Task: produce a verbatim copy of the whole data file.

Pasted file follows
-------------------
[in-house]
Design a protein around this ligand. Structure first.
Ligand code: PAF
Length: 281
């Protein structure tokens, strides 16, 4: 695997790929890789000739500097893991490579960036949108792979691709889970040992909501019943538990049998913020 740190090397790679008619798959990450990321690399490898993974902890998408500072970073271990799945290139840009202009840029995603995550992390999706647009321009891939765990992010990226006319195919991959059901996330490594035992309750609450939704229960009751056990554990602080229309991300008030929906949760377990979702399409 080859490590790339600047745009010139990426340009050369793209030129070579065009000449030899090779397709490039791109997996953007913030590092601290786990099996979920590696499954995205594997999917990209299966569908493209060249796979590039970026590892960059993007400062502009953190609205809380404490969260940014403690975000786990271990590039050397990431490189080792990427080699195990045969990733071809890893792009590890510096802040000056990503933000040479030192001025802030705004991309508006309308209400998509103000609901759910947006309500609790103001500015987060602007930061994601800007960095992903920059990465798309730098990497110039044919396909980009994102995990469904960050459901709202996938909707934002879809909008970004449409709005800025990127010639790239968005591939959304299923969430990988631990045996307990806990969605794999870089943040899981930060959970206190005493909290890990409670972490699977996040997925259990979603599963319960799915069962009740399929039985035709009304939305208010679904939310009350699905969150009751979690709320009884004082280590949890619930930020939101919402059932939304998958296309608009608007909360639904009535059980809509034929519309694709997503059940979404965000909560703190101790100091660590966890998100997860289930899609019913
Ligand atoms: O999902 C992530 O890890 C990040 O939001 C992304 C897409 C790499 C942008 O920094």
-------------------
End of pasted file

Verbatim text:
[in-house]
Design a protein around this ligand. Structure first.
Ligand code: PAF
Length: 281
């Protein structure tokens, strides 16, 4: 695997790929890789000739500097893991490579960036949108792979691709889970040992909501019943538990049998913020 740190090397790679008619798959990450990321690399490898993974902890998408500072970073271990799945290139840009202009840029995603995550992390999706647009321009891939765990992010990226006319195919991959059901996330490594035992309750609450939704229960009751056990554990602080229309991300008030929906949760377990979702399409 080859490590790339600047745009010139990426340009050369793209030129070579065009000449030899090779397709490039791109997996953007913030590092601290786990099996979920590696499954995205594997999917990209299966569908493209060249796979590039970026590892960059993007400062502009953190609205809380404490969260940014403690975000786990271990590039050397990431490189080792990427080699195990045969990733071809890893792009590890510096802040000056990503933000040479030192001025802030705004991309508006309308209400998509103000609901759910947006309500609790103001500015987060602007930061994601800007960095992903920059990465798309730098990497110039044919396909980009994102995990469904960050459901709202996938909707934002879809909008970004449409709005800025990127010639790239968005591939959304299923969430990988631990045996307990806990969605794999870089943040899981930060959970206190005493909290890990409670972490699977996040997925259990979603599963319960799915069962009740399929039985035709009304939305208010679904939310009350699905969150009751979690709320009884004082280590949890619930930020939101919402059932939304998958296309608009608007909360639904009535059980809509034929519309694709997503059940979404965000909560703190101790100091660590966890998100997860289930899609019913
Ligand atoms: O999902 C992530 O890890 C990040 O939001 C992304 C897409 C790499 C942008 O920094």